The research roundup provides an overview of the past week’s research from Mayo Clinic Laboratories consultants, including featured abstracts and a complete list of published studies and reviews.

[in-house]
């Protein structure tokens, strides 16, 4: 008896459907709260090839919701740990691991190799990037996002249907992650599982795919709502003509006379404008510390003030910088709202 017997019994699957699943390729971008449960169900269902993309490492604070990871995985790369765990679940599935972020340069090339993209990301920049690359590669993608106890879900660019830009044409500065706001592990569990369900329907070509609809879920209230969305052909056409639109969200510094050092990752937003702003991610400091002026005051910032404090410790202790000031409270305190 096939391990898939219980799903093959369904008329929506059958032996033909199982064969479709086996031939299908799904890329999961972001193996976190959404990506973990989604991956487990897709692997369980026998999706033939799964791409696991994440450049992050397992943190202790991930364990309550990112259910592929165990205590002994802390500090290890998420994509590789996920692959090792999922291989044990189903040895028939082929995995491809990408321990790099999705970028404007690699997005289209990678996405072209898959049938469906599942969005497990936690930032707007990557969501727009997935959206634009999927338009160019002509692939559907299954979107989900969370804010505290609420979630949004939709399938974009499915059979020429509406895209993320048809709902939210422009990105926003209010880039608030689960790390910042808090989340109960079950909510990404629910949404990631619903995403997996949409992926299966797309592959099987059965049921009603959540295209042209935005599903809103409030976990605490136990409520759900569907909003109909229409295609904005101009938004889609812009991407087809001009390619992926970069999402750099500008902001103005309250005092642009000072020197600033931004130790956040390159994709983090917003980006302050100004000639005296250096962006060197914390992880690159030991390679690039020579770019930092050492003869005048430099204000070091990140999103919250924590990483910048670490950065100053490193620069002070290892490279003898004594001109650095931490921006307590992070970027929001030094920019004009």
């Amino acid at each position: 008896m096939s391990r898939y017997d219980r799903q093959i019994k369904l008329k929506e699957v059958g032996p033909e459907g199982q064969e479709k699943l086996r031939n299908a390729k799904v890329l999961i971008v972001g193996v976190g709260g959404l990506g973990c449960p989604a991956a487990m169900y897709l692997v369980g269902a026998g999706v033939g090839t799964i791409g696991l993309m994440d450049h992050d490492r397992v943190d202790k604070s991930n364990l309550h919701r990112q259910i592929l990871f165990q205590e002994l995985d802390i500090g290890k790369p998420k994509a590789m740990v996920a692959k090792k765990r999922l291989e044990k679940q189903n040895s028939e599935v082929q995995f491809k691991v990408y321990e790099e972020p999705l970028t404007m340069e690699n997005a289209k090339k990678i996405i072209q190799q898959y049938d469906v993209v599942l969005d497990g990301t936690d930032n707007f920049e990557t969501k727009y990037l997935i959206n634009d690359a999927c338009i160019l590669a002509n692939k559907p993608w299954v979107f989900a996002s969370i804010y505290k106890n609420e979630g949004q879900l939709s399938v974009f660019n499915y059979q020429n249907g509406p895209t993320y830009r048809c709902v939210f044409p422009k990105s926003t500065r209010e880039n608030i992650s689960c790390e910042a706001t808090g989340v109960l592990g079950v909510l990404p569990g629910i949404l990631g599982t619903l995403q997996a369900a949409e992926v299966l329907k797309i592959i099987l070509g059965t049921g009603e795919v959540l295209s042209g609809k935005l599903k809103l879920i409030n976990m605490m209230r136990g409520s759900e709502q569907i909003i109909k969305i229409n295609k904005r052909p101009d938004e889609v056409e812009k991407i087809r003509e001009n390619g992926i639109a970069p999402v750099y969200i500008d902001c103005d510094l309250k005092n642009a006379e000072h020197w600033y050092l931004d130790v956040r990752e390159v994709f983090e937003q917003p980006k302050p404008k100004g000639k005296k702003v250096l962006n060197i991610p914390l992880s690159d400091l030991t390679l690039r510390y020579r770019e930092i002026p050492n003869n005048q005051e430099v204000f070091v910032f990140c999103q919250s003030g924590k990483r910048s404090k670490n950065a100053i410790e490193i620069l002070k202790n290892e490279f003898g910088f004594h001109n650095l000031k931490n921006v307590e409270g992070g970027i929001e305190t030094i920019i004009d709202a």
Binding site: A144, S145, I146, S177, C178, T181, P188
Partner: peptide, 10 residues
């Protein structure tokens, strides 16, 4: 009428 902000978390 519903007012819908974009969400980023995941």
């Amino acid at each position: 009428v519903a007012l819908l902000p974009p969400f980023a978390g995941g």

Direct free fatty acid (FFA) storage into adipocytes relates to body fat distribution. Adipose tissue CD36, acyl-CoA synthetase (ACS), and diacylglycerol acetyl-transferase (DGAT) may account for some of the between-depot and inter-individual variability in FFA storage. These studies were to test whether CD36, ACS or DGAT might be important for direct palmitate storage under meal-ingestion or high FFA conditions. We measured upper (UBSQ) and lower body subcutaneous (LBSQ) adipose tissue FFA storage rates by infusing palmitate tracers intravenously and performing adipose biopsies under hypoinsulinemic (high FFA) and mixed meal conditions. We recruited 5 postmenopausal women, physically active males (5) and females (5), and sedentary males (5) and females (5). We found: 1) the ratio of UBSQ to LBSQ DGAT activity predicted the ratio of palmitate storage (adjusted R = 0.25, F = 8.0, P = 0.01, 95% CI (0.07, 0.48)) under high FFA conditions; 2) the ratio of UBSQ to LBSQ ACS activity predicted the ratio of palmitate storage under meal conditions (adjusted R = 0.18, F = 6.3, P = 0.02, 95% CI (0.12, 1.28); 3) LBSQ direct palmitate storage rates were significantly less in physically active than sedentary adults; 3); 4) adipose tissue CD36 protein content, ACS or DGAT activities did not independently predict palmitate storage rates. We conclude that physically active adults have lesser fatty acid cycling back into adipose tissue and that adipose ACS and DGAT may affect competition between UBSQ and LBSQ adipose for direct palmitate storage. Via American Journal of Physicology. Endocrinology and Metabolism.